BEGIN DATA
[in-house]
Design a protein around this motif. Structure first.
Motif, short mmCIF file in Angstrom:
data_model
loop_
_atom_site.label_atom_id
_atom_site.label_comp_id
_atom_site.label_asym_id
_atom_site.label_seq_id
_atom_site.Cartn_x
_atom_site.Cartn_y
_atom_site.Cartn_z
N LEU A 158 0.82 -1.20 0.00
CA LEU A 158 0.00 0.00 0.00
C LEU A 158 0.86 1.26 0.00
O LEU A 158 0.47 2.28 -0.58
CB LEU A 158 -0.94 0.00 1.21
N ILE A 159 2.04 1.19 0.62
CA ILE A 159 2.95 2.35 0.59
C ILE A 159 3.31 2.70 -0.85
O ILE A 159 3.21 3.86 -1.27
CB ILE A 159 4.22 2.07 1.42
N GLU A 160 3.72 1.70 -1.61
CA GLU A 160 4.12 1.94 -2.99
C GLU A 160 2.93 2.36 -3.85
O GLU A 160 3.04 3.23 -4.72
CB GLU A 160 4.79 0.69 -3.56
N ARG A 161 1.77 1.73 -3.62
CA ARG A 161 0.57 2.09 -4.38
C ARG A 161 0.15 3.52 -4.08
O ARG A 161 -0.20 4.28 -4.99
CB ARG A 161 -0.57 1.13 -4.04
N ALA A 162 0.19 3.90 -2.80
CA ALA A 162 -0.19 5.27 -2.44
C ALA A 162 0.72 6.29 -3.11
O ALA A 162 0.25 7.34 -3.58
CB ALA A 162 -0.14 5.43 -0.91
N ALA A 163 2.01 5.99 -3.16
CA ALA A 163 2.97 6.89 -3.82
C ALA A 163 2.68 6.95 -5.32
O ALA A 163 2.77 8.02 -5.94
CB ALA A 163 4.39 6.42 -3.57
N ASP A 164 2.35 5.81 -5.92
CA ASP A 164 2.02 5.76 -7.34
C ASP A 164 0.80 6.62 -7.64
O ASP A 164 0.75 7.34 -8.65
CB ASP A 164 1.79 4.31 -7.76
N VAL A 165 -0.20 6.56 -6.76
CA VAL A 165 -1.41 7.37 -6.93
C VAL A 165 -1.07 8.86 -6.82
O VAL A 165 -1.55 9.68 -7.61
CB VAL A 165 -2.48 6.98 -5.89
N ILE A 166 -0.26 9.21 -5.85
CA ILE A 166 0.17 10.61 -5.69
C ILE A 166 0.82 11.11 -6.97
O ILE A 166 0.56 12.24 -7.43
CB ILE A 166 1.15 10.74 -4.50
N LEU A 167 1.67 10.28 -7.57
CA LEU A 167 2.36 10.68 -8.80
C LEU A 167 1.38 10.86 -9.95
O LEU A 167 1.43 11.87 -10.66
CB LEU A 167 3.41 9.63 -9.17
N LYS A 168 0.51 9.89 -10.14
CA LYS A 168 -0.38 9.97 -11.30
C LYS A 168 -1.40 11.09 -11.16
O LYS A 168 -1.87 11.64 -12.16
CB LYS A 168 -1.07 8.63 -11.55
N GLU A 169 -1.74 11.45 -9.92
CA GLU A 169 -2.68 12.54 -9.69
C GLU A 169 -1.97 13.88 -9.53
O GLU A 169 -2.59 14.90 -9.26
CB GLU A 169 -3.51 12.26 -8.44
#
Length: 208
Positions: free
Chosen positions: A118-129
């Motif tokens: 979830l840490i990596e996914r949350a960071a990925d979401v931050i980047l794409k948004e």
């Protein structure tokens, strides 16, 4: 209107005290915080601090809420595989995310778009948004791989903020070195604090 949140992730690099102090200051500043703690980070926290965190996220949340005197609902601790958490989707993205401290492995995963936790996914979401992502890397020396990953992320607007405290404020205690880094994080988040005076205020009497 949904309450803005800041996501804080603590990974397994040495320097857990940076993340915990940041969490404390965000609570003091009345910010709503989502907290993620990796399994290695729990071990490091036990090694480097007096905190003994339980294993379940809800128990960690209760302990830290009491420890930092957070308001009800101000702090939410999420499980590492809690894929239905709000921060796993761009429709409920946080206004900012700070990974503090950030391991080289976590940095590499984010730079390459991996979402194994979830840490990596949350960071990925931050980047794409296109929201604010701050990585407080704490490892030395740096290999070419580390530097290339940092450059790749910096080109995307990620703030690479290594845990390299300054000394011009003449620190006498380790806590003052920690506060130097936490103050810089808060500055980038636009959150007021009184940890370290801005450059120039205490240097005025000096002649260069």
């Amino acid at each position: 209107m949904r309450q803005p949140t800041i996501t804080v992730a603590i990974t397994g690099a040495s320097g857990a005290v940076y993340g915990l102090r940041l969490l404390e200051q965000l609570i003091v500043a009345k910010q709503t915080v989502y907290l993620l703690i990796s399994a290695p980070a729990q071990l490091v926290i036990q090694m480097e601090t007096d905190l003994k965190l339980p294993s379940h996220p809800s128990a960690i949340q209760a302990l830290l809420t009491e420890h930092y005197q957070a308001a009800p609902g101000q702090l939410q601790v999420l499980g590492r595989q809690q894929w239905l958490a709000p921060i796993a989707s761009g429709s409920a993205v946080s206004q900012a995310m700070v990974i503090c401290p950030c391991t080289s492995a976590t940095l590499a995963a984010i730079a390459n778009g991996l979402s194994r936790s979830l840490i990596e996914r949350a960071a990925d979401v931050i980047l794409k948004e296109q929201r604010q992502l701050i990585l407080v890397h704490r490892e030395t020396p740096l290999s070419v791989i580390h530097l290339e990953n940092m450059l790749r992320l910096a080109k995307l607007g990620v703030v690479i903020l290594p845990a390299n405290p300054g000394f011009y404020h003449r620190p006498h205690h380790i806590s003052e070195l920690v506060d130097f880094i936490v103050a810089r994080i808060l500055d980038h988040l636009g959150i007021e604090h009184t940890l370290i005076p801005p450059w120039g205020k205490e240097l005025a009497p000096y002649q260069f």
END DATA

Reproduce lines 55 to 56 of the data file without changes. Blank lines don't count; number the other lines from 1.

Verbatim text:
C ILE A 166 0.82 11.11 -6.97
O ILE A 166 0.56 12.24 -7.43